Pediatric Surgery, Al Azher University, Cairo, Egypt
Deficient prepuce is not recognised before as a specific disease entity, and little attention was paid for this anomaly in the literature, herein this anomaly will be described with some details, as it may be associated with major penile deformities.
KeywordsDeficient prepuceMicroposthiaHypoposthiaPeeper penis
Deficient prepuce is not recognised before as a specific disease entity, and little attention was paid for this anomaly in the literature , herein this anomaly will be described with some details, as it may be associated with major penile deformities.
Microposthia, Hypoposthia, and Peeper penis, which is a term refers to the penis whose foreskin is short enough to expose some of the glans when flaccid.
In a sample of 3000 young men examined W. Schoeberlein found a lack of, or spontaneous atrophy of the foreskin among approx. 4 % .
5.1 Significance of Microposthia
Failure of development of urethral groove; results in hypospadias and subsequently associated with ventrally deficient prepuce (hooded Prepuce) in many cases. In female the urethral groove persist so preputial hood is a normal finding with clitoris, and it is extremely rare to have a complete prepuce ensheathing entirely the clitoris, but till now, there is no conventional explanation why there is some boys had a completely formed prepuce with hypospadias as in Intact Prepuce Megameatus (IPM) anomaly and other cases -that we will describe herein- with a deficient prepuce but with a normally formed urethra?, but many of these cases had an associated defective penile development along the defectively developed prepuce.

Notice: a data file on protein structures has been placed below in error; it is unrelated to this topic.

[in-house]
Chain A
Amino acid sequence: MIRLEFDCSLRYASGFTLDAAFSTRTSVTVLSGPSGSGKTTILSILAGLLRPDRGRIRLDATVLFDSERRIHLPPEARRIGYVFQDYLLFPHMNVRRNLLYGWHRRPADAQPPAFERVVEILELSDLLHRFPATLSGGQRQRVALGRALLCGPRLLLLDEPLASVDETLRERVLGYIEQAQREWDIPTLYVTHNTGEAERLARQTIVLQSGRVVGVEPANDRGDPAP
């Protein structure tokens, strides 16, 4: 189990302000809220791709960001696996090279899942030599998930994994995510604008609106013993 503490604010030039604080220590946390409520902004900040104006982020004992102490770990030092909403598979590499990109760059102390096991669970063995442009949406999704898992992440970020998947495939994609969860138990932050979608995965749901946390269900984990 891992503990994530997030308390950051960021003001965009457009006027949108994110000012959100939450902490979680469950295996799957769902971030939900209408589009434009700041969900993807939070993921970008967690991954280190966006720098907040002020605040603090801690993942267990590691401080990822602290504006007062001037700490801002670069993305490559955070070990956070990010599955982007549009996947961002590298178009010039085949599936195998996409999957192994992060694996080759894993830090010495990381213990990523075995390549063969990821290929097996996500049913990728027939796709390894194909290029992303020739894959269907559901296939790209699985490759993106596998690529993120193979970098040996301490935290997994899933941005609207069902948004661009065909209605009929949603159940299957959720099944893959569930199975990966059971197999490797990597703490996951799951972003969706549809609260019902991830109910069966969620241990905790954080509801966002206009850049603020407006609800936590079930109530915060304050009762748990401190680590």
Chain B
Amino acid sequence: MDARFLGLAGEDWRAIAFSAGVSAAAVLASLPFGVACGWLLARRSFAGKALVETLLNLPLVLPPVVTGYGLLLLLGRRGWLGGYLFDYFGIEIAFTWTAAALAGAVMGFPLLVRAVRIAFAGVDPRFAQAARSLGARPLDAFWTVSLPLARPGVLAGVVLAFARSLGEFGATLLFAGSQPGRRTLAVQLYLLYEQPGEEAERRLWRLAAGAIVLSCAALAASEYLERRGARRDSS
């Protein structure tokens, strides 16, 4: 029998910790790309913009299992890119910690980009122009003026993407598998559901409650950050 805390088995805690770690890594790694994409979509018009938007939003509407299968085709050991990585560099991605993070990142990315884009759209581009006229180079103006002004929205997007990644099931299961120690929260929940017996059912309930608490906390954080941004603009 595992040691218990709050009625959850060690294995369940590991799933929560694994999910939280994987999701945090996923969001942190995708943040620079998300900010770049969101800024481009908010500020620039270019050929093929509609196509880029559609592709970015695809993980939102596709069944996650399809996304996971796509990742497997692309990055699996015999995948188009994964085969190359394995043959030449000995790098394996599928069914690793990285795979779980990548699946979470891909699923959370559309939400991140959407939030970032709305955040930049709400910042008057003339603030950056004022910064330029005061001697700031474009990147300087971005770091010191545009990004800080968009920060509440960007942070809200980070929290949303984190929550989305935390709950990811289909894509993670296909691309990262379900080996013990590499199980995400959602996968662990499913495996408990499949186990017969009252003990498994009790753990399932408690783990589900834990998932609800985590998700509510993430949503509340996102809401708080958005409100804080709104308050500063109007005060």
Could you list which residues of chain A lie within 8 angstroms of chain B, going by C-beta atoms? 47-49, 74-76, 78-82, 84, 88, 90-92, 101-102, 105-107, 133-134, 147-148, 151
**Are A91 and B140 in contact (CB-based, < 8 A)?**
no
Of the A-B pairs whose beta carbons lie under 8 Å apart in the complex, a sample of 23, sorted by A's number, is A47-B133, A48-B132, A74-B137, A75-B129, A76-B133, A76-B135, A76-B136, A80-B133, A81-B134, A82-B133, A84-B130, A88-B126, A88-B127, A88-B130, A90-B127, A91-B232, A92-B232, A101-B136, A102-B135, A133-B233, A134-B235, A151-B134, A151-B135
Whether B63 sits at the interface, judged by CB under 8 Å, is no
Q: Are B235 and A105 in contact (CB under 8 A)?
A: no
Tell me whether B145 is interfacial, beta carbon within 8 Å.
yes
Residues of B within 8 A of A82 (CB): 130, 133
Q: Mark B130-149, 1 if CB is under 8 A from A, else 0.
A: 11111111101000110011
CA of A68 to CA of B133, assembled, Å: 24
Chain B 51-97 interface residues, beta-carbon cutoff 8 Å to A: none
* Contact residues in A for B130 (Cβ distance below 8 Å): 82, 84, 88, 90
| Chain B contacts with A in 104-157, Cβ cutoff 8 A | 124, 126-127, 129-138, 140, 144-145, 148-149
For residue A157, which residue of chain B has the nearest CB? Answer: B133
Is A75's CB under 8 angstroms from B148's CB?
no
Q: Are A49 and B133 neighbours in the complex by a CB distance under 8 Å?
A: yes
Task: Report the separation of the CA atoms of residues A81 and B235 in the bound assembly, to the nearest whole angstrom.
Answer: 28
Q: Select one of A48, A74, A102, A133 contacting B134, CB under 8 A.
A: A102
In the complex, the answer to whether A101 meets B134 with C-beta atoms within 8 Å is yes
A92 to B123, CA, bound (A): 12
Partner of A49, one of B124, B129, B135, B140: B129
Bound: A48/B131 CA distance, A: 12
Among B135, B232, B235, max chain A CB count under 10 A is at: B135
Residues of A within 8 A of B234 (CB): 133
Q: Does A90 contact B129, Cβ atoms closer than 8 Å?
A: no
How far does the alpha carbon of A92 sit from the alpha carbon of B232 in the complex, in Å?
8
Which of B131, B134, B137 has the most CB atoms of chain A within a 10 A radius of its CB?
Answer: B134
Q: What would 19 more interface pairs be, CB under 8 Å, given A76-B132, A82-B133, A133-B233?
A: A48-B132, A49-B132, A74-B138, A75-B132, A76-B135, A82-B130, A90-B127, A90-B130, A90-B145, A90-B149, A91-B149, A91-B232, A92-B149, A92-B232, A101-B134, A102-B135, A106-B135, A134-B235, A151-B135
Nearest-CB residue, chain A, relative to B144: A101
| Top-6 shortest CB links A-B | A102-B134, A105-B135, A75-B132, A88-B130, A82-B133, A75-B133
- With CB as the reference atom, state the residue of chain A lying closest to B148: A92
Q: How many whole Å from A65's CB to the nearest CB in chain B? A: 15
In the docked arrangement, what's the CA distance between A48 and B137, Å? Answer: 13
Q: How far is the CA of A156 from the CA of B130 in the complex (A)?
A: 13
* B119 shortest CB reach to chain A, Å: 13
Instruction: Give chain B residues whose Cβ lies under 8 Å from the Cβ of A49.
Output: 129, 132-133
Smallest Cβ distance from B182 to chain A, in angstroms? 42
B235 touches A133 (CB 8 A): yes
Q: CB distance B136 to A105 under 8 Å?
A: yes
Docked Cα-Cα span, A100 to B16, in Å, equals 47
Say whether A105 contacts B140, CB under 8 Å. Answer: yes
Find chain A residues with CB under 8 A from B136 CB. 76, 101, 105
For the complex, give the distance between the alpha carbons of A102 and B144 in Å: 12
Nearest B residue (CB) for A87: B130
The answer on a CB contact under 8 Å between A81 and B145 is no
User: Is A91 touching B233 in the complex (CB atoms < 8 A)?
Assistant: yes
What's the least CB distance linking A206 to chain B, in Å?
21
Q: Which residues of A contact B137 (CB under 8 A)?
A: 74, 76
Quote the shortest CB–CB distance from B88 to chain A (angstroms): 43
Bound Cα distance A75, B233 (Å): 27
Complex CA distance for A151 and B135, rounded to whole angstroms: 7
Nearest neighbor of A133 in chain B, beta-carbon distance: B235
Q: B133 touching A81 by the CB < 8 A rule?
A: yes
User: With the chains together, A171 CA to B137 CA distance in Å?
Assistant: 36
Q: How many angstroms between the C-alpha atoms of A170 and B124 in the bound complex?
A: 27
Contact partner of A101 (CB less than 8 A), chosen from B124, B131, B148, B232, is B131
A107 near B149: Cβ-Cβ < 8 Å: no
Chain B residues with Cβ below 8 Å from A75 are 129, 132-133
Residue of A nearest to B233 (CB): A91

So cases of microposthia may present as an arrest of the normal preputial development secondary to failure of complete urethral folding (hypospadias) or due to an unknown (not yet detected) process where a feminine pathway of preputial development predominate.
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It is a condition of having a very small foreskin not covering the whole penis; microposthia diagnosed if the glans penis could be seen partially in a flaccid penis (Fig. 5.1). It is not a rare condition, and it could be considered as a normal variation, where the prepuce looks shorter to give the chance for the glans or the urinary meatus to be visible in a neonate without foreskin retraction . In all cases of microposthia frenulum is absent and penile raphe end at the coronal sulcus. Usually the foreskin is defective at the ventral aspect of the penis, but rarely it is completely normal in the ventral surface but shows deficiency only in the dorsum of the glans, which may hide an episodic or duplicated urethra (Figs. 5.2 and 5.3).
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